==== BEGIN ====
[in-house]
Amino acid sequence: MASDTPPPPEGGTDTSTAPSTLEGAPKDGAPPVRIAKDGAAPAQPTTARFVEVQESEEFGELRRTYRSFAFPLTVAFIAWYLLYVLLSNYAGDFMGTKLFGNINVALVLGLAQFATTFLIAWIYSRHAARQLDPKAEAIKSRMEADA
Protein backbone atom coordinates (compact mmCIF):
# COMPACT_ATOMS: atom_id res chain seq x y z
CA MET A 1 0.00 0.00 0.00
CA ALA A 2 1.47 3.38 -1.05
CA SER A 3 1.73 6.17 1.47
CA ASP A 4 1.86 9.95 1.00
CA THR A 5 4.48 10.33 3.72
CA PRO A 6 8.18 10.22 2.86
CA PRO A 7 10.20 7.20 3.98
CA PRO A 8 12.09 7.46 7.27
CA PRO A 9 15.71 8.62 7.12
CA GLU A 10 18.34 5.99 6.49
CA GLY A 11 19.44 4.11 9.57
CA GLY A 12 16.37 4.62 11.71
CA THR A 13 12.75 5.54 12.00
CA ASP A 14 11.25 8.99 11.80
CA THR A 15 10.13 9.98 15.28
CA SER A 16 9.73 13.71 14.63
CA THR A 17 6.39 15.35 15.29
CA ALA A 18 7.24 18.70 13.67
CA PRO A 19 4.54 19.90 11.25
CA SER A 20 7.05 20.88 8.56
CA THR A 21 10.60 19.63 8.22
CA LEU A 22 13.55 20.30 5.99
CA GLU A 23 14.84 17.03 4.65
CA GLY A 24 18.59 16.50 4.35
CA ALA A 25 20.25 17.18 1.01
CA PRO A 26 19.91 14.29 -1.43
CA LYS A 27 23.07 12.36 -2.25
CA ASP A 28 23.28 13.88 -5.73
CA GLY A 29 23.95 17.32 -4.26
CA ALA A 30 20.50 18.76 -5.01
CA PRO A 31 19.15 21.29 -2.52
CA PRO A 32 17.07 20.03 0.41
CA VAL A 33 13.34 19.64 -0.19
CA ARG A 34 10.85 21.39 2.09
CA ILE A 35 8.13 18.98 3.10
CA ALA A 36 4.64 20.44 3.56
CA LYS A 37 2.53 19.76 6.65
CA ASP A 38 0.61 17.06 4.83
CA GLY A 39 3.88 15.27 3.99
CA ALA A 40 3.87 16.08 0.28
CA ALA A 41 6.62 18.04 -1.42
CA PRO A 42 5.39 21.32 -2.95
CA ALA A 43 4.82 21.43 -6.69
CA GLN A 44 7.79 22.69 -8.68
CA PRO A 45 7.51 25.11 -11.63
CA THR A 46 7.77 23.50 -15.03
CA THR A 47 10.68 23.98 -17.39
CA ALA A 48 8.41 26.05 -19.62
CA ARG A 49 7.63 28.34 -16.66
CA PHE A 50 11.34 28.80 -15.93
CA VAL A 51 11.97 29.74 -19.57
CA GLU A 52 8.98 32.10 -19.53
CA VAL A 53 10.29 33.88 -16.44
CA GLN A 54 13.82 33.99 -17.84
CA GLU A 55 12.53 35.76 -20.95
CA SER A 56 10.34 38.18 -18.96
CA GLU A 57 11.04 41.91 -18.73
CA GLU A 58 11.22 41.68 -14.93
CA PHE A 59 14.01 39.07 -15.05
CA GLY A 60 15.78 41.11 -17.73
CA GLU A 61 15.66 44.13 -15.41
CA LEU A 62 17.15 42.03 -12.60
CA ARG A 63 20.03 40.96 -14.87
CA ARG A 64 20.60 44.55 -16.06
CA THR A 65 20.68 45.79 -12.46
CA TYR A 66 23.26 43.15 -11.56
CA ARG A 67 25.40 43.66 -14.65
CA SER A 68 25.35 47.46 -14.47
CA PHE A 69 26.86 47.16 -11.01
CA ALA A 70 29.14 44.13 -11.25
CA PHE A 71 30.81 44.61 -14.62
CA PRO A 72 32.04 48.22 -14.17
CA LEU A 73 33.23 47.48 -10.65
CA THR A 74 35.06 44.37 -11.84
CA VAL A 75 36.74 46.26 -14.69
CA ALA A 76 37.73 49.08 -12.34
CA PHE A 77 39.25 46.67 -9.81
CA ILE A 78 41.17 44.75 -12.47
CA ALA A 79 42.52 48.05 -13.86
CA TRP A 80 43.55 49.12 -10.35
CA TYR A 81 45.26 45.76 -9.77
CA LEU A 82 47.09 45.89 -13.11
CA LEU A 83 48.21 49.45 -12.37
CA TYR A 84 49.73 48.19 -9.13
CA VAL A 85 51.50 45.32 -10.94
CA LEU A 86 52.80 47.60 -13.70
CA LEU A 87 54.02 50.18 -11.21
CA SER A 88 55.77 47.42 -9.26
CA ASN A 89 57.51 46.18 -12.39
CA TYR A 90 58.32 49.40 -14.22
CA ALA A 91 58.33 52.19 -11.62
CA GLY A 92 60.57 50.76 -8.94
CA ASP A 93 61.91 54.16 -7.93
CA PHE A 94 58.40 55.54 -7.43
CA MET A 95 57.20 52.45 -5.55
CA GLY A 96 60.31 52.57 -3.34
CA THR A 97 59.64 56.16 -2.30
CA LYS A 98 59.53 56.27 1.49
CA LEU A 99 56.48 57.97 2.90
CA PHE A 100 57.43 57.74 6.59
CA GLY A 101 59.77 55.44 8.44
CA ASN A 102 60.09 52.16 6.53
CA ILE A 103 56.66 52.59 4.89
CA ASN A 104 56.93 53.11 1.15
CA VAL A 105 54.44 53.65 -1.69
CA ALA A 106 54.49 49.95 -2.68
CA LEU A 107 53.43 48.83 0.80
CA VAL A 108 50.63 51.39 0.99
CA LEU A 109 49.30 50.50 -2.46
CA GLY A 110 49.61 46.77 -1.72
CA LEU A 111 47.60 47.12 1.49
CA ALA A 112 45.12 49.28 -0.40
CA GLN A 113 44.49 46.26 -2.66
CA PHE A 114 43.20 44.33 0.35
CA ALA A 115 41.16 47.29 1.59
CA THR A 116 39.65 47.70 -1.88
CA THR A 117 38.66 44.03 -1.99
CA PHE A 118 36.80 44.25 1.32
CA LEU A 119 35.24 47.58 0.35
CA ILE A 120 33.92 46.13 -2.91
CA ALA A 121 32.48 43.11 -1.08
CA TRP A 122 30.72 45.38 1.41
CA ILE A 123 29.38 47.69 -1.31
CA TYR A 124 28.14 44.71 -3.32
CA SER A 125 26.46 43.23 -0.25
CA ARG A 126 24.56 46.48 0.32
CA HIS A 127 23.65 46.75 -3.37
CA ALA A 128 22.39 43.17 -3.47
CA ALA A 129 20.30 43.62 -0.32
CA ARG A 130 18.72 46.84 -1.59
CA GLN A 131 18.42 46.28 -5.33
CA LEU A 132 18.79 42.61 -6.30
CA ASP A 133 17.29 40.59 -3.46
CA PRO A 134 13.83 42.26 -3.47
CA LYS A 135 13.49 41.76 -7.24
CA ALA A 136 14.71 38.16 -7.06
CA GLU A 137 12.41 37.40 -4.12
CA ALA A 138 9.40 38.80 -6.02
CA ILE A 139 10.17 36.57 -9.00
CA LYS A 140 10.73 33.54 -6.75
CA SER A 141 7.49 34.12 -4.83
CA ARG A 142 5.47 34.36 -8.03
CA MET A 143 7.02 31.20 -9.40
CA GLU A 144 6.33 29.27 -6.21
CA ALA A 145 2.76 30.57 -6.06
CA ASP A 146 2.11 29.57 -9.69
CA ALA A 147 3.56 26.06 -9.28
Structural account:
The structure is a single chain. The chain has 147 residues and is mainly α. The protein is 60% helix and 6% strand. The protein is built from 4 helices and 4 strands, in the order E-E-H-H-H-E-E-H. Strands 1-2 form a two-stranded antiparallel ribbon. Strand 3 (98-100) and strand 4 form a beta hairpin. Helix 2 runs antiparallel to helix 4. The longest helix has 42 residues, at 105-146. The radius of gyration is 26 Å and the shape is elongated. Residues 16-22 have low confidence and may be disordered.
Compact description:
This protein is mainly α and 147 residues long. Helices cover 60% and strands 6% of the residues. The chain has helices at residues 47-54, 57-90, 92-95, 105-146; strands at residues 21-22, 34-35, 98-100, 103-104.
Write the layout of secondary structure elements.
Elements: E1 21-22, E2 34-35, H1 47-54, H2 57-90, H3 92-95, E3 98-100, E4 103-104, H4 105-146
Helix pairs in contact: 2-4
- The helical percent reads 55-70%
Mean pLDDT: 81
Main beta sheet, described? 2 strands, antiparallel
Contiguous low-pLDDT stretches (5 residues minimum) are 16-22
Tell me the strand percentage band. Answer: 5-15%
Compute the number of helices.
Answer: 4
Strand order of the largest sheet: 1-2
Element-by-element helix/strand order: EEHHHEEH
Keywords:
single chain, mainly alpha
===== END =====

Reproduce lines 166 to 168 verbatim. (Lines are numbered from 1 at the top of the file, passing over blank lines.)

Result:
Strand order of the largest sheet: 1-2
Element-by-element helix/strand order: EEHHHEEH
Keywords: